Did you know when people are feeling positive they are 30% more creative and productive than they are at negative, neutral or stressed? I don’t know about you in 2020, but I’ve been straining just to get to neutral. Goals of creativity, productivity, positivity are melting into a coronavirus ooze of Netflix, Zoom calls, tired cooking, and boundaryless life-work tension. Like me, are you searching for ways to lift your mental health
We learn to scan the landscape of our lives for good. My daily gratitude practice is outlined in my book, Gracious Living. Gratitude begins with posturing our heart toward God. Here’s a starter: “I take a few minutes to turn my affection toward God. Some days, I have more time, but at a minimum, I spend five minutes loving Him and celebrating His friendship in my life. It can simply be turning my face upward toward the sun for a few moments; dancing when a song comes on; or cherishing the sweetness of a moment in prayer. Every day I also jot down three things for which I’m grateful.” (p. 43) You see, telling God thanks helps us to relive those good moments along with all the positive feelings. It’s way more productive than reliving every negative conversation or thought.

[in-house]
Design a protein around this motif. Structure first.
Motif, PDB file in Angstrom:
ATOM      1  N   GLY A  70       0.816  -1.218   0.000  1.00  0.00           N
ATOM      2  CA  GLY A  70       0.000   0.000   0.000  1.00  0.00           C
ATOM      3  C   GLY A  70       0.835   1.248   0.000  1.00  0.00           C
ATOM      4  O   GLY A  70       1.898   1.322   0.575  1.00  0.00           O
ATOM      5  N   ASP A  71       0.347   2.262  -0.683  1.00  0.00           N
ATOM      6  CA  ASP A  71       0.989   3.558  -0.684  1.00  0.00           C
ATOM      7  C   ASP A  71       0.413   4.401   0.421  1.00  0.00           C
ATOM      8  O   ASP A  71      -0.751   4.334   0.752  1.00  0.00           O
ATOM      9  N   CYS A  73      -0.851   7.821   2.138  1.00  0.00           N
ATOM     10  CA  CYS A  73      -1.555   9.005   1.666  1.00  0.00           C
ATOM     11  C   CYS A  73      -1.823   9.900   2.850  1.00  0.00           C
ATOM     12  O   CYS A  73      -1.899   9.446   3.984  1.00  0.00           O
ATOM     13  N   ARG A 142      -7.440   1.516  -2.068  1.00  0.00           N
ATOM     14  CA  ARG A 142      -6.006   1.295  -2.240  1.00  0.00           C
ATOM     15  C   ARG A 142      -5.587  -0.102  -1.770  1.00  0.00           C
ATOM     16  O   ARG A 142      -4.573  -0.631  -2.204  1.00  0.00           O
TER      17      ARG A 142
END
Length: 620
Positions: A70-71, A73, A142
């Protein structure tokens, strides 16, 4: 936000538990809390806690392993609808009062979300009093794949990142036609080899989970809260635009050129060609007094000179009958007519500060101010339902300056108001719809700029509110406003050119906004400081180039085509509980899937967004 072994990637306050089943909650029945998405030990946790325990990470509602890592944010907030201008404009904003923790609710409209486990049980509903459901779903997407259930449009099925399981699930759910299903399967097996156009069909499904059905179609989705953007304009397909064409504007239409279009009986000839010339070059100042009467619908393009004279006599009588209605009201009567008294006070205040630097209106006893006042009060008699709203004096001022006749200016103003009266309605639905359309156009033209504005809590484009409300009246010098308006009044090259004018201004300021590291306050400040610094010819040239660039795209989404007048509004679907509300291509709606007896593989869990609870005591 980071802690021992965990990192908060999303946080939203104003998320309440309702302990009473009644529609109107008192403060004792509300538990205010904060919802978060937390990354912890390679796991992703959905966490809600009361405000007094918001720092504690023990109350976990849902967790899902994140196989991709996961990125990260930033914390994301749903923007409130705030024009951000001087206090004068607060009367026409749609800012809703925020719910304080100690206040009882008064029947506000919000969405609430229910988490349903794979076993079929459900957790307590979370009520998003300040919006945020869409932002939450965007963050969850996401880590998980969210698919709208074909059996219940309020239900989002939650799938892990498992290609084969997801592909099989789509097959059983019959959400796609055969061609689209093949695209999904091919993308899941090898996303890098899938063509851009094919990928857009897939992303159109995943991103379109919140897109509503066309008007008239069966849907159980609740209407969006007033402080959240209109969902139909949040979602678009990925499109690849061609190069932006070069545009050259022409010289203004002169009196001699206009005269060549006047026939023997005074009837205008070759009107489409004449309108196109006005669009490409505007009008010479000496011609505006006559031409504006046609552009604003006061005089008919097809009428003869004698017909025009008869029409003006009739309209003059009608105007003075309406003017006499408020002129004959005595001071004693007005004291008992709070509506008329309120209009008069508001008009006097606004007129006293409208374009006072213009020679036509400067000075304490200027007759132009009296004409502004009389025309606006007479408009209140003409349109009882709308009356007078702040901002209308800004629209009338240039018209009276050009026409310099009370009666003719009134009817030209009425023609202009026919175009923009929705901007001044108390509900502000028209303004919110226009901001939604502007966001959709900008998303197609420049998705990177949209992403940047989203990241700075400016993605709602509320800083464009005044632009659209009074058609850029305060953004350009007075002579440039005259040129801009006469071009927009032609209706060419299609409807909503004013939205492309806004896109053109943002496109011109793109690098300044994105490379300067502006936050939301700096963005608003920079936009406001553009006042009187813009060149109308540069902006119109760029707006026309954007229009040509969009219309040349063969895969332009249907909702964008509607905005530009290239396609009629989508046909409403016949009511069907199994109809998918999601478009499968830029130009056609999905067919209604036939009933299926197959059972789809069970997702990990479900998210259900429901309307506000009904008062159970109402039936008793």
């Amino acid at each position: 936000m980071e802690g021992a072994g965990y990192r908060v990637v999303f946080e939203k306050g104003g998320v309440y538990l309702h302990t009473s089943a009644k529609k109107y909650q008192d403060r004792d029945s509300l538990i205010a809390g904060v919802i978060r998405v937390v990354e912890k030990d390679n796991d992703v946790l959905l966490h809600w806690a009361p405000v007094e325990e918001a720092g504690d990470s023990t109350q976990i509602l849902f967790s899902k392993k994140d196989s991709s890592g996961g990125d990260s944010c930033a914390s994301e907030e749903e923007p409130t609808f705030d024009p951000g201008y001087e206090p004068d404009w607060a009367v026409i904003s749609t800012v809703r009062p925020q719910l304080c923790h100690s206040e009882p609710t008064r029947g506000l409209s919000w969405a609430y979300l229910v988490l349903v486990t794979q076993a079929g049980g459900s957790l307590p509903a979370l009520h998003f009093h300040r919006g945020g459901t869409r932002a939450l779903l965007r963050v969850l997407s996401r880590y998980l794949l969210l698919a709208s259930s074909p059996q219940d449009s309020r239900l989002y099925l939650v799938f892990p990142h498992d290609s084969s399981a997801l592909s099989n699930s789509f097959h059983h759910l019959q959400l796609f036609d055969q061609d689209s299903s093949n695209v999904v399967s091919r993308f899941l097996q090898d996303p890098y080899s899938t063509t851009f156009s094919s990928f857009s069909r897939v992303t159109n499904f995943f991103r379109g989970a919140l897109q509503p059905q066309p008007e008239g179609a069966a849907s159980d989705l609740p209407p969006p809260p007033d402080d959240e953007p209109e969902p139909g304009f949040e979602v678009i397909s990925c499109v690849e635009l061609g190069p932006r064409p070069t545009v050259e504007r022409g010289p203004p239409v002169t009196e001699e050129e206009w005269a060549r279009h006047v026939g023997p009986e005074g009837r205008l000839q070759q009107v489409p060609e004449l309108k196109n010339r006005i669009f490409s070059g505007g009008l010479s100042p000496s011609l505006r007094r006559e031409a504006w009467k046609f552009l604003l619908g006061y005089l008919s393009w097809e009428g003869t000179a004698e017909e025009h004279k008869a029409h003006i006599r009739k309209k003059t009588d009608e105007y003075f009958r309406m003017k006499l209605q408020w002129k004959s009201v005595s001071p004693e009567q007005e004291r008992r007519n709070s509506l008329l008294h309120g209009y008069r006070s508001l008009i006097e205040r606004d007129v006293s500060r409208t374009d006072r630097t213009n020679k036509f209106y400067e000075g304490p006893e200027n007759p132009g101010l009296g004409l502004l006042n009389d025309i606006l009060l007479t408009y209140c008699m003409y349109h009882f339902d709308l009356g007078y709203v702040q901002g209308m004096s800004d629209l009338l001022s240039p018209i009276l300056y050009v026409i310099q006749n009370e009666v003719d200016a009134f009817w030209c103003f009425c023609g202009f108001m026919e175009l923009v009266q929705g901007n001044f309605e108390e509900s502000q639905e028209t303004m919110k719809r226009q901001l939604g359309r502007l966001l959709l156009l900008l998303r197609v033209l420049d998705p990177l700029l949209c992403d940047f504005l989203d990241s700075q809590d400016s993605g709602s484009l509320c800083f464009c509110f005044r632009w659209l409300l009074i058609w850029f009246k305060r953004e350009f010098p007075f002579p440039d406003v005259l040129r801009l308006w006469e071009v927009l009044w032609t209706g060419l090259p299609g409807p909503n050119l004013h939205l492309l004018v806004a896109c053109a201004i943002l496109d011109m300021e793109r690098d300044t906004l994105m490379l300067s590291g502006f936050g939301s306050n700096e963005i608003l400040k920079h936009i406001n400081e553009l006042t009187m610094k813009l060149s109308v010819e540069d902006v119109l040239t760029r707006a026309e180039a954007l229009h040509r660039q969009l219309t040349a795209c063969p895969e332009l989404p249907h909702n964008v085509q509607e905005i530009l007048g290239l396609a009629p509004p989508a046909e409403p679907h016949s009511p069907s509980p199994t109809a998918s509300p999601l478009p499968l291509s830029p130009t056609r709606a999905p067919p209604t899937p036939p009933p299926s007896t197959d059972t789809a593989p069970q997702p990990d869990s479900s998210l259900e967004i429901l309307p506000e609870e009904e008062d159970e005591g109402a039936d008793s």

Besides my gratitude list of three every day, I practice another habit that has significantly impacted my life. Again, from my book, Gracious Living: “I send an encouraging text or email to someone every day. Whoever comes to mind, I take that as a sign from God. I send them a Bible verse, tell them why I’m grateful for them, or share what I’m praying for them. You might ask, ‘How does this help you, Margaret?’ If I consistently speak life over others, it will stand out as incongruent if I speak poorly to myself. If I’m better to others, I will be better to myself, plain and simple.” (p. 43) Try it out: send an encouraging text or email a few mornings this week and see if your mood is lifted!
The Bible is a plumb line for me. When my thinking starts to spiral toward negativity, I review this honest word from Philippians: “Whatever is true, whatever is honorable, whatever is right, whatever is pure, whatever is lovely, whatever is of good repute, if there is any excellence and if anything worthy of praise, dwell on these things.” (Philippians 4:8) So my friend, when you walk into the kitchen, what do you dwell on? When you interact with fellow employees or family members do you dwell on what is true and honorable and worthy of praise?
This attitude of gratitude will ripple outward into every area of your life. Let the goodness of God shape your thinking so that you can be positive in this present moment. If you need some inspiration, find my book Gracious Living, creating a culture of honor, love, and compassion at MargaretAllen.org. The kindle version is on Amazon. Thank you for reading my blog today and let me hear how your gratitude practice is going!